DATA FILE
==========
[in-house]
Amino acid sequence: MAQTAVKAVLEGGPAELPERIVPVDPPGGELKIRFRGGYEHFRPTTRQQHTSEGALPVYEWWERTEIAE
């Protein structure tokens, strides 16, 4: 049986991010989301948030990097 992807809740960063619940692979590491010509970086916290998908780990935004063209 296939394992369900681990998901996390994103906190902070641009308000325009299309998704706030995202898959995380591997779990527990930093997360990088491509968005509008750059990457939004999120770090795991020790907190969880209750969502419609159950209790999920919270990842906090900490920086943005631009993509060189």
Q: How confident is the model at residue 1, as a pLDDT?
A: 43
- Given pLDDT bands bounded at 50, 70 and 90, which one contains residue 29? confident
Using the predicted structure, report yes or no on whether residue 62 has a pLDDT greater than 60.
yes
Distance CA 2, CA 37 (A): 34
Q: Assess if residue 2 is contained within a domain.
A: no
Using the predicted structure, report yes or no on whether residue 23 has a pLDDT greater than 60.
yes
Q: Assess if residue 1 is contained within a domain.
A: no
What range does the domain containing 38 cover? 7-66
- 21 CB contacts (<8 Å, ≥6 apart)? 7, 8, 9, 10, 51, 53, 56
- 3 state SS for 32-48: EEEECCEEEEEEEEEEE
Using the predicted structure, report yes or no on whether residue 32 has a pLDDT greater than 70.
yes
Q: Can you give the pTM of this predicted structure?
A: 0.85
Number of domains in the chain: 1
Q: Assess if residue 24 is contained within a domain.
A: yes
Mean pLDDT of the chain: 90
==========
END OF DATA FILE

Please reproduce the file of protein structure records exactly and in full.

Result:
[in-house]
Amino acid sequence: MAQTAVKAVLEGGPAELPERIVPVDPPGGELKIRFRGGYEHFRPTTRQQHTSEGALPVYEWWERTEIAE
């Protein structure tokens, strides 16, 4: 049986991010989301948030990097 992807809740960063619940692979590491010509970086916290998908780990935004063209 296939394992369900681990998901996390994103906190902070641009308000325009299309998704706030995202898959995380591997779990527990930093997360990088491509968005509008750059990457939004999120770090795991020790907190969880209750969502419609159950209790999920919270990842906090900490920086943005631009993509060189």
Q: How confident is the model at residue 1, as a pLDDT?
A: 43
- Given pLDDT bands bounded at 50, 70 and 90, which one contains residue 29? confident
Using the predicted structure, report yes or no on whether residue 62 has a pLDDT greater than 60.
yes
Distance CA 2, CA 37 (A): 34
Q: Assess if residue 2 is contained within a domain.
A: no
Using the predicted structure, report yes or no on whether residue 23 has a pLDDT greater than 60.
yes
Q: Assess if residue 1 is contained within a domain.
A: no
What range does the domain containing 38 cover? 7-66
- 21 CB contacts (<8 Å, ≥6 apart)? 7, 8, 9, 10, 51, 53, 56
- 3 state SS for 32-48: EEEECCEEEEEEEEEEE
Using the predicted structure, report yes or no on whether residue 32 has a pLDDT greater than 70.
yes
Q: Can you give the pTM of this predicted structure?
A: 0.85
Number of domains in the chain: 1
Q: Assess if residue 24 is contained within a domain.
A: yes
Mean pLDDT of the chain: 90